Sunday, February 14, 2016

You Always Hate the Ones You Love

Film: Bloodbrothers
Format: Turner Classic Movies on rockin’ flatscreen.

I try very hard not to be judgmental about the movies that I review on this site. I genuinely try to give every movie a fair shot. I knew Bloodbrothers was going to be an issue within the first couple of minutes. Bloodbrothers is about a family of aggressively Italian Americans. For the record, I am not Italian. My wife’s family is not Italian either. Additionally, my dad was a white-collar guy and it was understood that all of his kids were going to go to college. There’s a lot here that I have trouble relating to. That’s not the issue here, though.

It’s not the blue collar, electrician jobs on construction sites, the battle between father and son when the son wants something more than working construction, or the Italian-American vibe of pretty much everyone in the film. It’s the over-emotional nature of everyone involved. Everything in Bloodbrothers screams of parody to me—people aren’t really like this, are they? Is this stereotype taken to the extreme, or are Italian families really so shouty all of the time about everything? It’s such an oppressive environment; I was constantly uncomfortable.

Bloodbrothers is the story of Thomas “Stony” De Coco (Richard Gere), a recent high school graduate trying to figure out what to do with the rest of his life. His father Tommy (Tony Lo Bianco) and his uncle Louis “Chubby” De Coco (Paul Sorvino) assume that now that school is done, he’ll follow in their footsteps. Stony doesn’t really want to be a union electrician, but he feels pressured by everyone around him.

An added pressure is that Stony’s younger brother Albert (Michael Hershewe) has stopped eating, which is a constant source of tension. In fact, it makes his mother Marie (Lelia Goldoni) scream constantly. When Albert eventually collapses, is sent to the hospital, and is diagnosed with anorexia, Stony realizes that he might actually be good working in the hospital. He realizes this more fully when he goes back to the hospital to talk to Albert’s doctor after his mother has a full-blown freak out concerning her son’s diagnosis. Stony is offered a job working with kids and he snaps it up right away.

That same day, Stony’s father presents him with a union card and the two make a deal. Stony will work at the hospital for two weeks then work at the construction site for two weeks. After he’s had a taste of both jobs, he’ll make his decision. It’s a time of significant change for Stony—he dumps cheating girlfriend Cheri (Kristine DeBell) for Annette (Marilu Henner) and seems to feel more or less at home in both worlds. In the hospital, he discovers that he’s actually good with the kids and he gets a particular rush from working with them. But the construction site—while it doesn’t have that rush—gives him a connection to his father, his uncle, and with what is more or less a family tradition.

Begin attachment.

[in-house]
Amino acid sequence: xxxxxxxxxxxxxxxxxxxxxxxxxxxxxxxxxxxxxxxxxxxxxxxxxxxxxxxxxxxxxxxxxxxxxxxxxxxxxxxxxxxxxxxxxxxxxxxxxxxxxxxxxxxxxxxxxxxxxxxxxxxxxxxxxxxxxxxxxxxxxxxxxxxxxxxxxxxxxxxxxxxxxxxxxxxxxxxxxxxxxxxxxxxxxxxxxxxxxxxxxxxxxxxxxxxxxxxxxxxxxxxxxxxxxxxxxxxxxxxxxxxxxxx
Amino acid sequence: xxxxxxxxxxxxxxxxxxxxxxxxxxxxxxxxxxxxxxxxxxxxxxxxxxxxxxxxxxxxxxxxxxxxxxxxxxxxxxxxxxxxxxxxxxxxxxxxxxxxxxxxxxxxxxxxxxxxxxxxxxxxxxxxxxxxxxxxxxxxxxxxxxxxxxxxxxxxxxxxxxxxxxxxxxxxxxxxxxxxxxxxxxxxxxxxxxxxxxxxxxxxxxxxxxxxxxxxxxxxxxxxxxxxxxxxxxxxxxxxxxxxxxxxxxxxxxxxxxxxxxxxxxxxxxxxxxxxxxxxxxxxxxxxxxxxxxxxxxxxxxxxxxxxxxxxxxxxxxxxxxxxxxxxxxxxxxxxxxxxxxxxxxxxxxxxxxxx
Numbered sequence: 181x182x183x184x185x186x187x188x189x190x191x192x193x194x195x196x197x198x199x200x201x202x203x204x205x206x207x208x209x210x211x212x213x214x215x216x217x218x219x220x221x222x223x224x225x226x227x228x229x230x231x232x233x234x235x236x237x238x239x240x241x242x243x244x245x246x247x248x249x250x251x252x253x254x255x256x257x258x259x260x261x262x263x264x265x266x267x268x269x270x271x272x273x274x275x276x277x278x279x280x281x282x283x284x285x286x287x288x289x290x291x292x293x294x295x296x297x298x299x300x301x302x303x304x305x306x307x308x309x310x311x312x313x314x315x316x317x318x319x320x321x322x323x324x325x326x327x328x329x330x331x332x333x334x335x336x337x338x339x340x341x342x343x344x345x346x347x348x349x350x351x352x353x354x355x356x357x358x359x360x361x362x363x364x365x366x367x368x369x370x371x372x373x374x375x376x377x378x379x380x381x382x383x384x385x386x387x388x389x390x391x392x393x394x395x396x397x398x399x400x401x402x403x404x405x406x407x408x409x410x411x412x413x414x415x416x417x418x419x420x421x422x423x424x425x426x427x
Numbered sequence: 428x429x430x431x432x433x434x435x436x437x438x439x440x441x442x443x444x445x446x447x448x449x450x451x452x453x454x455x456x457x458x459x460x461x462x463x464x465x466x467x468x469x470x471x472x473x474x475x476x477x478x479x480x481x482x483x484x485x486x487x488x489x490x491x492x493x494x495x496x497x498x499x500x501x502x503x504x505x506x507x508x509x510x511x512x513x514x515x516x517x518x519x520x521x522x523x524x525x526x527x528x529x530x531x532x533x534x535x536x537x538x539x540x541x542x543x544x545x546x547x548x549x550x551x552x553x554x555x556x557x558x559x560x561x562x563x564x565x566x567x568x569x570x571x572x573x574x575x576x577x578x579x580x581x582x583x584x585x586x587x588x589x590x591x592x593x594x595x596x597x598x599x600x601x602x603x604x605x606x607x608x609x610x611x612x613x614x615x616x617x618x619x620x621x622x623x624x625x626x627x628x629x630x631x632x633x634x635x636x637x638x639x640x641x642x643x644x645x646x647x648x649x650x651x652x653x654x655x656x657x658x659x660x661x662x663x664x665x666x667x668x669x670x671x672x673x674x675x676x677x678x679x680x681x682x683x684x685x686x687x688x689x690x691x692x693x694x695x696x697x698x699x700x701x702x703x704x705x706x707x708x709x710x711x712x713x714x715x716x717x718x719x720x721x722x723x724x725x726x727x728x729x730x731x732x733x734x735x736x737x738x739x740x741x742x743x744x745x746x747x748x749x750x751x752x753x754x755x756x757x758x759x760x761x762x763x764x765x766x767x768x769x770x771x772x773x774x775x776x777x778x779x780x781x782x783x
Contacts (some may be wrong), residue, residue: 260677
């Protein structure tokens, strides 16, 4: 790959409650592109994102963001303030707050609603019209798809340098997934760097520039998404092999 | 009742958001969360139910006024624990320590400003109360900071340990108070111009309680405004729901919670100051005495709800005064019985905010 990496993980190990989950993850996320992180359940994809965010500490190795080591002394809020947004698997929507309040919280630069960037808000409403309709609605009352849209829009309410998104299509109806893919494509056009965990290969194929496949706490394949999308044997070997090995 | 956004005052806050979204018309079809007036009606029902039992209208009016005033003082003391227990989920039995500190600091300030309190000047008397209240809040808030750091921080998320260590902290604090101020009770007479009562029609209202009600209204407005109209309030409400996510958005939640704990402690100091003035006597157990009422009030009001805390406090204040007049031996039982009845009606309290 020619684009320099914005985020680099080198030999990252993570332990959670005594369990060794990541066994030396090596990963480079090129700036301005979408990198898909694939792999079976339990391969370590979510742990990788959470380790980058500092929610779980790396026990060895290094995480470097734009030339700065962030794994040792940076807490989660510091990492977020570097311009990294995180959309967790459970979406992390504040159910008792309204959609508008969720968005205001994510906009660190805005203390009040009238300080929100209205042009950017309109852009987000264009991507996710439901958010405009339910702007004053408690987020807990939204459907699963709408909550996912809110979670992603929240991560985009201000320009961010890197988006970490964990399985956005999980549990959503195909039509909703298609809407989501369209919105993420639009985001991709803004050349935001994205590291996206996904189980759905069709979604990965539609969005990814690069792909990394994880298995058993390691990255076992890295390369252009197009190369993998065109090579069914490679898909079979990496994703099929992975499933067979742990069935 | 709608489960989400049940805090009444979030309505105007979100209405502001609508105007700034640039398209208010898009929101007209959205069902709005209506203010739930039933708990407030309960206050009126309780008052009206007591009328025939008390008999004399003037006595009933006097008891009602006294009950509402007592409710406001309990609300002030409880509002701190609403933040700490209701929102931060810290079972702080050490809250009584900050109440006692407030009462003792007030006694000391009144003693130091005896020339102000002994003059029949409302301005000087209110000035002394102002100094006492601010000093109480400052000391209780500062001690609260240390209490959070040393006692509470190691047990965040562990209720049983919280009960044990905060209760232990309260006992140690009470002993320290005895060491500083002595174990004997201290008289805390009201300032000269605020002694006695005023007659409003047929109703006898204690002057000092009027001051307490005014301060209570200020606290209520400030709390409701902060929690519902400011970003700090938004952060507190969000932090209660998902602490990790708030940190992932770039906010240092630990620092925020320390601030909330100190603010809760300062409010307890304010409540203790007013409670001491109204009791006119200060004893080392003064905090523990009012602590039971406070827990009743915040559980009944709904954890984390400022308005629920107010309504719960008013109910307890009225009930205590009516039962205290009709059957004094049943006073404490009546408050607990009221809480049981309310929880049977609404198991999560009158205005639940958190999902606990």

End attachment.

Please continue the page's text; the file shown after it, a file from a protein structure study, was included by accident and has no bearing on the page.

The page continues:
There’s a lot here in terms of themes that are worth exploring and that are potentially very interesting but that are made incredibly unpleasant by the characters involved. It’s evident that both Tommy De Coco and Louis De Coco are serial adulterers. When the alternately hysterical and angry Marie De Coco tries to get retribution, she gets beaten up by her husband in retribution. By the time we get to this in the film, it’s not surprising. This sort of constant domestic violence and fear is something we’ve come to expect from both of the De Coco parents.

Bloodbrothers has a hell of a solid cast all the way through, even in some very small roles. Danny Aiello shows up for a couple of minutes, as does Robert Englund, Kenneth McMillan, and a host of other notable character actors. But I can’t help but feel that most of them are wasted in a movie that is really unpleasant all the way through. I want to like Stony De Coco, but I have trouble actually liking anyone in the film. The standard modes of conversation seem to be either tears, fists, or shouting, and I find the entire thing oppressive.

It’s a shame, too, because there is a story here. The idea of finding one’s own way even if that means disappointing our parents or living a different dream from theirs is a classic story and one that could be very interesting and worth seeing. It’s hard to find that value, though, when everyone who is telling us that story spends the entire movie like an emotional wound.

Why to watch Bloodbrothers: Richard Gere before he hit it big in American Gigolo.
Why not to watch: These people are awful.


  1. I saw this so long ago, and haven't thought of it since, that I have only the vaguest memories of it. I do seem to recall the bartender, I think that was Kenneth McMillan, telling Gere a terribly sad story about a tragedy that had befallen he and his wife. Also that Marilu Henner gave a pretty good performance but aside from those two things the movie is more or less a blank. From your review I think I'll leave it that way.

    1. Your memory is decent--the sad story is actually Paul Sorvino telling the story to Kenneth McMillan, but you're in the general area.

      The performances here aren't bad, but in the service of what? I can guess that in a few months I won't have firm memories of this, either.

  2. I emailed a friend of mine who's married to an Italian-American whether life with his in-laws is anything like this. Here's his terse reply:

    "yes, real Italian-Americans yell all the time and are very stressful to deal with if you aren't used to it. it does seem surreal to the point of parody."

    So there we have it.

    1. Fair enough. All of my ancestry comes from a place that can hit the Arctic Circle with a rock. Virtually all of Sue's is Germanic, so it's completely alien to me.